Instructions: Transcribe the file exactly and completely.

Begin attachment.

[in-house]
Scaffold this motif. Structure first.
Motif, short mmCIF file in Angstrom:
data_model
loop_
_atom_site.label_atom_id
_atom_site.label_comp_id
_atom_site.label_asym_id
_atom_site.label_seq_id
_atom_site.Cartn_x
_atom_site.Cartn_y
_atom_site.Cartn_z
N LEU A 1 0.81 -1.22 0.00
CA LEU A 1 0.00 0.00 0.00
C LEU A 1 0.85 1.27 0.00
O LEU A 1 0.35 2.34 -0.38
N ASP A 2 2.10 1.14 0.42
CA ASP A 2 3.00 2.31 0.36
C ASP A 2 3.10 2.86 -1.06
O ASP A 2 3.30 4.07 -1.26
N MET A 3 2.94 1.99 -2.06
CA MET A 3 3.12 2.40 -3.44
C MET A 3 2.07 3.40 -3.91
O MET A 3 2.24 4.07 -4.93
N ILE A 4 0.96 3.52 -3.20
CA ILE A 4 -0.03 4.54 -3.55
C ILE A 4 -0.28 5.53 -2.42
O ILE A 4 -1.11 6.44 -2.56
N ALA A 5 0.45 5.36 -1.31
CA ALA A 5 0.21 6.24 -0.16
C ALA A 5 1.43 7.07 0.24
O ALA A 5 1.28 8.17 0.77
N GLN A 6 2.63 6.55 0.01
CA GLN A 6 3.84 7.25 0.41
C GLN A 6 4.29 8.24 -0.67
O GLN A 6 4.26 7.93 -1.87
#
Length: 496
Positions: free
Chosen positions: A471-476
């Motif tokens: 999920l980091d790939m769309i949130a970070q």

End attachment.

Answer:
[in-house]
Scaffold this motif. Structure first.
Motif, short mmCIF file in Angstrom:
data_model
loop_
_atom_site.label_atom_id
_atom_site.label_comp_id
_atom_site.label_asym_id
_atom_site.label_seq_id
_atom_site.Cartn_x
_atom_site.Cartn_y
_atom_site.Cartn_z
N LEU A 1 0.81 -1.22 0.00
CA LEU A 1 0.00 0.00 0.00
C LEU A 1 0.85 1.27 0.00
O LEU A 1 0.35 2.34 -0.38
N ASP A 2 2.10 1.14 0.42
CA ASP A 2 3.00 2.31 0.36
C ASP A 2 3.10 2.86 -1.06
O ASP A 2 3.30 4.07 -1.26
N MET A 3 2.94 1.99 -2.06
CA MET A 3 3.12 2.40 -3.44
C MET A 3 2.07 3.40 -3.91
O MET A 3 2.24 4.07 -4.93
N ILE A 4 0.96 3.52 -3.20
CA ILE A 4 -0.03 4.54 -3.55
C ILE A 4 -0.28 5.53 -2.42
O ILE A 4 -1.11 6.44 -2.56
N ALA A 5 0.45 5.36 -1.31
CA ALA A 5 0.21 6.24 -0.16
C ALA A 5 1.43 7.07 0.24
O ALA A 5 1.28 8.17 0.77
N GLN A 6 2.63 6.55 0.01
CA GLN A 6 3.84 7.25 0.41
C GLN A 6 4.29 8.24 -0.67
O GLN A 6 4.26 7.93 -1.87
#
Length: 496
Positions: free
Chosen positions: A471-476
């Motif tokens: 999920l980091d790939m769309i949130a970070q």